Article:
The late Winter rain has done wonders for the estuary fishing both locally and down into Gippsland. The local Port Phillip rivers have been fishing well for bream, particularly with bait. Customer George was fishing the Werribee river just last week where he found a few reasonable size bream, but was also pleasantly surprized when a nice 90cm mulloway decided to eat one of his bass yabbies. George managed to wrangle the fish in using very light main line and leader which was a good effort.


Members of the Keysborough Angling Club fished the Melbourne metro rivers in search of bream over the weekend with mixed results. With only a few members able to fish over the weekend there weren't a huge number of fish weighed in, but the fish that were came from the Patterson River. The Patto has been running dirty in the main river with fresh coming down from the top, but the bream have been feeding actively. Customers Paul and Dave managed a few fish around 350g from the river using mainly prawn for bait. Fishing eddies and small drop offs in the river will see you come across a few fish as they cruise out of the main current and feed at their leisure. 


Down in the Gippsland lakes there have been some solid bream on the chew as the freshwater pushes down the rivers and gets them schooling and into pre-spawn mode. The fish in the 3 main rivers have been biting well, once they have been found. Looking for downstream areas of higher salinity has been where a few fish have been hanging out lately.  Customers Brendan and Phil have been doing well on nice fish into the 40cm mark fishing the Mitchell river in Bairnsdale. The best baits for targeting these bigger fish have been cut crab and freshwater yabbies. Fishing these hardier baits generally flushes out the smaller 'pickers' and leaves a solid bait intact for a bigger fish to eat. Just make sure to match your hook style and size to the bait correctly.

 

 


While most anglers have bypassed the thoughts of tuna fishing, there have still been reports of fish coming from the West coast. Over the years the bigger tuna have moved along the coast sporadically - but around 2/3 years ago the large fish were at the best at about the same time as now - pretty much the start of snapper season. A lot of anglers were caught off guard, with the problem being that many were caught up preparing for the snapper run and not thinking big tuna. James Rogers from Unreel Fishing Charters had a ripper session a few weeks ago where he and his crew landed 2 'barrel' tuna over the 100kg mark.

Just again last week James and his crew hit the water and landed another a ripper bluefin tuna. James had his sons on the rod fighting the fish and it was successfully hauled aboard and landed. The tank tuna ate a skirt in bright redbait colour and will provide the boys with plenty of A grade sashimi. 

 


While not everyone's game, there has been some excellent offshore fishing when a break in the weather opens up. There are numbers of snapper starting to move just offshore from the entrance to both bays, some excellent gummies on offer and still decent numbers of tuna along the West coast. James from Unreel Fishing Charters had a purple patch on the tuna along the West coast earlier this week, with 2 massive fish over the 100kg mark. James and his son both managed a 'barrel' each - with the monsters weighing 110kg and 140kg. There are still some serious inshore tuna out there to had when the wind and swell decide to calm down...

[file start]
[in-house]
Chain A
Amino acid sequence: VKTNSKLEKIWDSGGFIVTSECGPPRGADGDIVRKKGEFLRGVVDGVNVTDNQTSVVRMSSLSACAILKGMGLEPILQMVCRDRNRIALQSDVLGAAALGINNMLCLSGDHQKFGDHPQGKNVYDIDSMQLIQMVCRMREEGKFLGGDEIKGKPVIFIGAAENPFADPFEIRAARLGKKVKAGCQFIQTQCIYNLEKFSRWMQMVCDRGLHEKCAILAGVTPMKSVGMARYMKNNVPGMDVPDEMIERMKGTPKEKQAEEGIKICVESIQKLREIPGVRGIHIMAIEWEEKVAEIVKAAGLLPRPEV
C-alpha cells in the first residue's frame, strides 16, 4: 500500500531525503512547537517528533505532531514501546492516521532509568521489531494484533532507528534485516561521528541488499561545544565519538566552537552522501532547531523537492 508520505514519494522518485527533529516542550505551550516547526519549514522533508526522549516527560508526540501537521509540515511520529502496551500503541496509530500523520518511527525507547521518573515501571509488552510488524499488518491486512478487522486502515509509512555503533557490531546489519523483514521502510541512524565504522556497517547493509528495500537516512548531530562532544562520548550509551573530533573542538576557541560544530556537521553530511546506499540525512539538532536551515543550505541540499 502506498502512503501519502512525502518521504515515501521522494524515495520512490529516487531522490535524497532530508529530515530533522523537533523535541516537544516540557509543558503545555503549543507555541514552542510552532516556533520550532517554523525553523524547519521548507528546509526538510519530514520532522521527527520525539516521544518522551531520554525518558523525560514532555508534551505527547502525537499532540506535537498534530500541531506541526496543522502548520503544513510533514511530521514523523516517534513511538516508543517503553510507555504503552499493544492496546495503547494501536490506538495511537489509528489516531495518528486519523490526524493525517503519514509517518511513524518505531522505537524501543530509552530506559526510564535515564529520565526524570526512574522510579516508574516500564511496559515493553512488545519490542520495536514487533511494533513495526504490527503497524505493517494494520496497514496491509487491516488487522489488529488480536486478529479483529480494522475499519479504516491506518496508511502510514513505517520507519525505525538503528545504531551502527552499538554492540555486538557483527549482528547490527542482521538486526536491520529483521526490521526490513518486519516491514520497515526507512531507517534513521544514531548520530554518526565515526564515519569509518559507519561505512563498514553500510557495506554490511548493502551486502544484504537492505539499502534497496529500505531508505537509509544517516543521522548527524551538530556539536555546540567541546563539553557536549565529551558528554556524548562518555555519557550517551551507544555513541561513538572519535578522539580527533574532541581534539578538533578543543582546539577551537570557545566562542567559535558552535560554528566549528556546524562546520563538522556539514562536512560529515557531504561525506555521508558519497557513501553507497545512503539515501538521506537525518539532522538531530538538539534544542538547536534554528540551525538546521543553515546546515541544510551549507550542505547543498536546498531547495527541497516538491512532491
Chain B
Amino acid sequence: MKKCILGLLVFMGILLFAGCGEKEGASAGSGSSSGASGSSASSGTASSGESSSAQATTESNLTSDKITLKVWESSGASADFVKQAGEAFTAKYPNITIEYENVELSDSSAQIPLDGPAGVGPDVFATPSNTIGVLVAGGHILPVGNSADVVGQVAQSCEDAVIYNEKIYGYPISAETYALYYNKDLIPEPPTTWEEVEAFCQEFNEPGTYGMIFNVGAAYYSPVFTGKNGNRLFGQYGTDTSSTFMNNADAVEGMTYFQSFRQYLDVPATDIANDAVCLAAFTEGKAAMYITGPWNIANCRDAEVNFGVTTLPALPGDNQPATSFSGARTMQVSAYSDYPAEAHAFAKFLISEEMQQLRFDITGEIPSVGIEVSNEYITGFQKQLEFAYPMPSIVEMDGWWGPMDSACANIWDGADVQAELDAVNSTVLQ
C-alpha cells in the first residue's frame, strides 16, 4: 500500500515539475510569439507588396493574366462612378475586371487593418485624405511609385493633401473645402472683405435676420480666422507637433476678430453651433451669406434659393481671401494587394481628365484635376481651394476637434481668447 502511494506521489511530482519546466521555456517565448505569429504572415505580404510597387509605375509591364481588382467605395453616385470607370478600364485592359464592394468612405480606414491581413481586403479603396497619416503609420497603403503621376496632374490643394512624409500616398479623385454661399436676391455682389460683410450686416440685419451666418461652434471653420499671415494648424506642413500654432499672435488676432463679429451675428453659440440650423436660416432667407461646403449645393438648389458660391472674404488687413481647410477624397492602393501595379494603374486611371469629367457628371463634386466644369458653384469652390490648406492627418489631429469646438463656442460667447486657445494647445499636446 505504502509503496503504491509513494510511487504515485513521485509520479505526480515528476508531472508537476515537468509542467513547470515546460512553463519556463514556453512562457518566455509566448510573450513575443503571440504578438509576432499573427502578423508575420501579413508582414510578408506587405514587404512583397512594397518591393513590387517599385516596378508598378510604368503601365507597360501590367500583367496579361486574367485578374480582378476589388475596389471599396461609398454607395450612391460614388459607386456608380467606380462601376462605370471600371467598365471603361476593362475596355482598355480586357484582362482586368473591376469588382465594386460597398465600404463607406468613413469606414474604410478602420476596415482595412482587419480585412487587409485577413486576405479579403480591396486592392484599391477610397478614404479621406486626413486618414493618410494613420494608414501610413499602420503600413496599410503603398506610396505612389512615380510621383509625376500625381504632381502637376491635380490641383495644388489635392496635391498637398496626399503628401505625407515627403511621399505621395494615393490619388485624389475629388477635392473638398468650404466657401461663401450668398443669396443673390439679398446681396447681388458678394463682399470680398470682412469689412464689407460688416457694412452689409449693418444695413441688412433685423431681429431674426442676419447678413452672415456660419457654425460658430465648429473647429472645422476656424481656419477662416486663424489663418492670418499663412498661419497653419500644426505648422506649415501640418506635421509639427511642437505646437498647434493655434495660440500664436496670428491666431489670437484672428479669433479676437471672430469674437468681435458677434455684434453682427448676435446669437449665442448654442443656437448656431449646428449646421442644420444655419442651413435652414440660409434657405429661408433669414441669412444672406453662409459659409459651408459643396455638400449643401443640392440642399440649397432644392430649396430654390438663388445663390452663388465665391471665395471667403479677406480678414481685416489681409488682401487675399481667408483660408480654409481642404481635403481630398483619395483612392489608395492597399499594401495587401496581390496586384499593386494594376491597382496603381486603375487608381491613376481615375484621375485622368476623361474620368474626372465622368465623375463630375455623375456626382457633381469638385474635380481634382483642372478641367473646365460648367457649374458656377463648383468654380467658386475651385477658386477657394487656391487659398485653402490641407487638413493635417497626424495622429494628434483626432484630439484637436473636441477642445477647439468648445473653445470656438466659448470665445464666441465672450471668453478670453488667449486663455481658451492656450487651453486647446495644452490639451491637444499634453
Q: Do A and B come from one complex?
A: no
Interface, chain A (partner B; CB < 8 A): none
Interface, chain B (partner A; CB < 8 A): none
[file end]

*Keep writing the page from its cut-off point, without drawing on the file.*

A little bit closer to home around the offshore reef the gummies have still been quality. Customers Johnny and Thao have been outside when conditions allow and have seen some serious gummies punching well above 15kg. There haven't been any 'hotspots' as the boys tried a new area recently and had results. Finding and plotting isolated patches of reef has been the key, with locally sourced baits also a key step. Catching wrasse and parrotfish from the reef is an excellent step in catching a solid sea-going gummy. Baits of squid are excellent for catching fresh bait, as are artificial offerings.


Small flutter-style jigs and soft plastics get eaten within metres of the reef by the wrasse species, but keeping them as  close to the bottom is key. Multi-coloured depth marked braid is excellent for doing this. Generally speaking, the most successful reef zones are outside the main entrance shelves, in the 25 - 30m depth or wider around 40 - 45m. At this depth there is plenty of bait and food for cruising gummies.

 


The peninsula has been the more consistent region for squid fishing recently with mixed clear and wet weather. The hot areas lately have been Rye, Blairgowrie and Flinders piers. Customer Jameel fished from Blairgowrie yacht squadron with his family and took home some ripper squid. The best performing jigs for Jameel were Yamashita Live and 490 search in UV and glow whites. The same bright whites have been very effective around Rye recently also.


On the other side of the peninsula customer Angelo has been catching squid and grass whiting from Flinders pier. Angelo took his father out to the pier and between them they manage some nice squid on size 3.0 Clicks and Yamashita jigs, with black and UV white, along with bright green being the standouts. Small pieces of prawn and trout worm fished on paternoster rigs around the pier pylons and kelp beds was the best method of catching the grass whiting.


The southern end of Port Phillip has been producing some fat condition winter whiting, with not many anglers making the most of them. James from Unreel Fishing Charters has been catching awesome numbers of fish with customers from Rye to Portsea and across towards Queenscliff. Freshly caught squid cut into small strips has been dynamite, along with fresh mussel. A mixture of pellet berley with small amounts of crushed mussel has really helped keep the fish going also.

Customer Josh also fished the same areas last week for the whiting and did very well. Josh and mates found that the Sorrento area was best in around 8m of water, with some very nice fish caught. Josh found pipi and fresh squid to be the most effective baits, with squid strips 'wiggling' in the current on fine straight shank hooks dynamite.